As shown in FIG. 11, the liquid crystal layer 46 having a negative anisotropy of dielectric constant is arranged between the vertical alignment layers 50 and 54. All the liquid crystal molecules are aligned perpendicular to the vertical alignment layers 50 and 54 when no voltage is applied. As shown in FIG. 12, upon application of voltage to the LCD cell 40, an oblique electric field is formed between the first inclined plane 61A and the second inclined plane 61B, and the liquid crystal molecules 46B will rotate to a specific angle corresponding to the oblique electric field. Particularly, since the electrodes 48 and 52 are formed on the alignment-control structures 56 and 58 and the electric field extends toward the direction of the minimum distance between the electrodes 48 and 52, the electric field between the inclined planes 61A and 61B is twisted in two different directions. As a result, the liquid crystal molecules 46B between the inclined planes 61A and 61B rotate toward two different directions. For example, the liquid crystal molecules 46B1 positioned on the top of the second inclined plane 61B rotates in a clockwise direction, thus the adjacent liquid crystal molecules 46A1 also rotate in the clockwise direction according to the behavior of the liquid crystal molecules 46B1. In a similar method, the liquid crystal molecules 46B2 positioned on the top of the first inclined plane 61A rotate in a counterclockwise direction, thus the adjacent liquid crystal molecules 46A2 also rotate in the counterclockwise direction according to the behavior of the liquid crystal molecules 46B2.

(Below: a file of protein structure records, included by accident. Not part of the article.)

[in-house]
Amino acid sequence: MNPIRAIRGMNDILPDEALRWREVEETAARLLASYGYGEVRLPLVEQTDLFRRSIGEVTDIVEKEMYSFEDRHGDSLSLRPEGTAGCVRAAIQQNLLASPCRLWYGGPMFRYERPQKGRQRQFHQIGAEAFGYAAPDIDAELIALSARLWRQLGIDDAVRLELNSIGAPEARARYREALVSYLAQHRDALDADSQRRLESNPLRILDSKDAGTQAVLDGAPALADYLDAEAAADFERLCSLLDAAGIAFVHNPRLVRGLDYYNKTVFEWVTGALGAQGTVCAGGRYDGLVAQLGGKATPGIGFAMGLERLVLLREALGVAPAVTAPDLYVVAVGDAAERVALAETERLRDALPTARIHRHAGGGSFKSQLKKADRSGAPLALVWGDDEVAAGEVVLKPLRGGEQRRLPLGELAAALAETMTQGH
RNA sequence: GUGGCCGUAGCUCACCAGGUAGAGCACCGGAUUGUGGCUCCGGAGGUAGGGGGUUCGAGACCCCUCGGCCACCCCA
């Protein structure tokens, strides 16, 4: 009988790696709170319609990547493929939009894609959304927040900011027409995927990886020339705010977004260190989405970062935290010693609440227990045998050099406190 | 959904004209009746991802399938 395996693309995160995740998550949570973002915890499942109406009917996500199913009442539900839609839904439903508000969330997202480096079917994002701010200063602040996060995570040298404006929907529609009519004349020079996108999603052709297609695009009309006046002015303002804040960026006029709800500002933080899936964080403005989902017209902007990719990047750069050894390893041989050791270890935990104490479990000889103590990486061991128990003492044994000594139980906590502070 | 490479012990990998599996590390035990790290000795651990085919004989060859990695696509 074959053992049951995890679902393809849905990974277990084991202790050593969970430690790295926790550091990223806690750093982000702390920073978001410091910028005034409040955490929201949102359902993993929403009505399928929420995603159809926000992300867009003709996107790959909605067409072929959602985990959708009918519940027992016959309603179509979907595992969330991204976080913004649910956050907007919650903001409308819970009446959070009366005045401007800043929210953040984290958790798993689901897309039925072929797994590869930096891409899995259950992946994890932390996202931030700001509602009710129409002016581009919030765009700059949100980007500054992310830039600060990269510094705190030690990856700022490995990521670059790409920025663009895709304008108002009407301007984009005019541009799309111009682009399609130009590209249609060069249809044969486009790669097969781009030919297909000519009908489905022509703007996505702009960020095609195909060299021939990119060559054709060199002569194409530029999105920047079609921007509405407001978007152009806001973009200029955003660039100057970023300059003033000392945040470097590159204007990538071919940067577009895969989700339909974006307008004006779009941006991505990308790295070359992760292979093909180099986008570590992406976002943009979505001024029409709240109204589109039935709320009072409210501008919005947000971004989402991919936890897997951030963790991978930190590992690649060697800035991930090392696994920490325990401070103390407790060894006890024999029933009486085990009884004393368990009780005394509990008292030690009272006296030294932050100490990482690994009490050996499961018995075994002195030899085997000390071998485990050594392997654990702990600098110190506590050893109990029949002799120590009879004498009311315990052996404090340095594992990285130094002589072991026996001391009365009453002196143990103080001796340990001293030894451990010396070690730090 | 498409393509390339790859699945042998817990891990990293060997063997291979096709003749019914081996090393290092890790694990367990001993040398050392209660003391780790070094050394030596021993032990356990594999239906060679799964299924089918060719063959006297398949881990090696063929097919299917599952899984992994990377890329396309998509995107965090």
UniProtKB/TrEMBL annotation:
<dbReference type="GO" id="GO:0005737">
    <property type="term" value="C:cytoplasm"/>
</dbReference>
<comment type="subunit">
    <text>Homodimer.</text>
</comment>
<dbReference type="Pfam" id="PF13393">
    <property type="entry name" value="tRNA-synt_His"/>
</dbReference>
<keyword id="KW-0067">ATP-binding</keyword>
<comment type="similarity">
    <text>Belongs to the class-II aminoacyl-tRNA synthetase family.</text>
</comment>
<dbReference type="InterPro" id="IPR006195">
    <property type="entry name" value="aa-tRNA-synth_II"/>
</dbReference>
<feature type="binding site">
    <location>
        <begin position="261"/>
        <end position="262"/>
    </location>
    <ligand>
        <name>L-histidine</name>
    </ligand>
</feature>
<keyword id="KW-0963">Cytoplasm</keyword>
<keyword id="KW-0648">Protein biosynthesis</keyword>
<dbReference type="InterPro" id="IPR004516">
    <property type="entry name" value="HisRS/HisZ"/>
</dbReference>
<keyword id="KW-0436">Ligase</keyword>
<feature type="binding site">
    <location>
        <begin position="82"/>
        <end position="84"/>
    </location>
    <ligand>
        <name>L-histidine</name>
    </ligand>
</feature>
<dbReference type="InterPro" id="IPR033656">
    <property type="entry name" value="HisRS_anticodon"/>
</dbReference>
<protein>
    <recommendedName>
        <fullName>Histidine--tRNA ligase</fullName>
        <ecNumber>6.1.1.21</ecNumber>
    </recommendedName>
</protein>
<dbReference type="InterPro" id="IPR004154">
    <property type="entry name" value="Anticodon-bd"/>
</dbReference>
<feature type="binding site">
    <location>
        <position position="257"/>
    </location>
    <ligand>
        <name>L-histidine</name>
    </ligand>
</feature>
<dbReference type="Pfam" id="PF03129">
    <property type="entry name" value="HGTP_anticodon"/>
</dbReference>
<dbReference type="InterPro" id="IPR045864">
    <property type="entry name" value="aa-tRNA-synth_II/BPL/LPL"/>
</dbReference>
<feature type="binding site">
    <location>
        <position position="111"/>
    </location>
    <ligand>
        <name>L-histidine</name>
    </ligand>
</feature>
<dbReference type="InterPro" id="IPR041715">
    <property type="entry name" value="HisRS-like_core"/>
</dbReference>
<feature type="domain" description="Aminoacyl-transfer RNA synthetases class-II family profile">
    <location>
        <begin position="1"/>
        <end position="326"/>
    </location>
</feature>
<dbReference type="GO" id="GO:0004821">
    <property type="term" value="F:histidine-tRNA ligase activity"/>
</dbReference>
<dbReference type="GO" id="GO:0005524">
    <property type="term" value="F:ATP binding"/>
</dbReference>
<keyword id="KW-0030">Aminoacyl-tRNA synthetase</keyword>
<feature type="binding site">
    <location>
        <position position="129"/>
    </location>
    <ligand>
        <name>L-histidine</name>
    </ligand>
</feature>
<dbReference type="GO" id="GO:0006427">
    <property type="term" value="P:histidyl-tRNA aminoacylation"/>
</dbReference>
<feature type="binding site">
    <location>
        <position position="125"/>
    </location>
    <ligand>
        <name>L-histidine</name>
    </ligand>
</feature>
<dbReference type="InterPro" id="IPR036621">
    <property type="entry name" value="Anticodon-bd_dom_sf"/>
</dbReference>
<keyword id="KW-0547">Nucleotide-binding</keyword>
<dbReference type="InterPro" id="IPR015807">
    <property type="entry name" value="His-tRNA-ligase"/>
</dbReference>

FIG. 13A is a top view showing the alignment domain of the liquid crystal layer 46 shown by the arrows, and FIG. 13B is a top view showing the rotating direction of the liquid crystal molecules shown by the arrows. As described above, the electric field between the inclined planes 61A and 61B is twisted in two different directions, the liquid crystal molecules 46B1 rotate in a clockwise direction, and the liquid crystal molecules 46B2 rotate in a counterclockwise direction. Consequently, the four alignment-control structures 56 and 58 in the pixel area contribute four domains. This satisfies the requirements of wide view angle and high contrast, and improves the brightness and contrast so as to assure the display quality of the LCD cell 40.